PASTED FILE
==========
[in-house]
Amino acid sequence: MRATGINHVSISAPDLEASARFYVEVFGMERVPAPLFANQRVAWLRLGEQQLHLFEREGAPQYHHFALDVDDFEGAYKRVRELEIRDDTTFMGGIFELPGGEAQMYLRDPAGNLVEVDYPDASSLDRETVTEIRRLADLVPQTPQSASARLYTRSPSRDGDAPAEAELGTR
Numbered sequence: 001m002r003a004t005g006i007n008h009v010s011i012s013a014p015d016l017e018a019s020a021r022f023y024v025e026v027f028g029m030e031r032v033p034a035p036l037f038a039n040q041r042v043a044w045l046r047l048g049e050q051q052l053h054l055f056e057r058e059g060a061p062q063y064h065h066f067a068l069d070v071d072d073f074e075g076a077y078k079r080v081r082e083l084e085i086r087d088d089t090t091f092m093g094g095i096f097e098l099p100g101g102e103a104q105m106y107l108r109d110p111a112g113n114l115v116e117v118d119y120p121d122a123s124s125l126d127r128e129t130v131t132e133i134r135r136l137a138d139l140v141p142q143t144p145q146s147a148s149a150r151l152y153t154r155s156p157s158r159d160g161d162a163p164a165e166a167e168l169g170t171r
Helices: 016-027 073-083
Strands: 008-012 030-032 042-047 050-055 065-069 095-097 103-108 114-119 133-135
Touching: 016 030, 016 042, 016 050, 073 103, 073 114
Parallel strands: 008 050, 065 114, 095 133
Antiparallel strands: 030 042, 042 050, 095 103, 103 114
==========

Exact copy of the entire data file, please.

[in-house]
Amino acid sequence: MRATGINHVSISAPDLEASARFYVEVFGMERVPAPLFANQRVAWLRLGEQQLHLFEREGAPQYHHFALDVDDFEGAYKRVRELEIRDDTTFMGGIFELPGGEAQMYLRDPAGNLVEVDYPDASSLDRETVTEIRRLADLVPQTPQSASARLYTRSPSRDGDAPAEAELGTR
Numbered sequence: 001m002r003a004t005g006i007n008h009v010s011i012s013a014p015d016l017e018a019s020a021r022f023y024v025e026v027f028g029m030e031r032v033p034a035p036l037f038a039n040q041r042v043a044w045l046r047l048g049e050q051q052l053h054l055f056e057r058e059g060a061p062q063y064h065h066f067a068l069d070v071d072d073f074e075g076a077y078k079r080v081r082e083l084e085i086r087d088d089t090t091f092m093g094g095i096f097e098l099p100g101g102e103a104q105m106y107l108r109d110p111a112g113n114l115v116e117v118d119y120p121d122a123s124s125l126d127r128e129t130v131t132e133i134r135r136l137a138d139l140v141p142q143t144p145q146s147a148s149a150r151l152y153t154r155s156p157s158r159d160g161d162a163p164a165e166a167e168l169g170t171r
Helices: 016-027 073-083
Strands: 008-012 030-032 042-047 050-055 065-069 095-097 103-108 114-119 133-135
Touching: 016 030, 016 042, 016 050, 073 103, 073 114
Parallel strands: 008 050, 065 114, 095 133
Antiparallel strands: 030 042, 042 050, 095 103, 103 114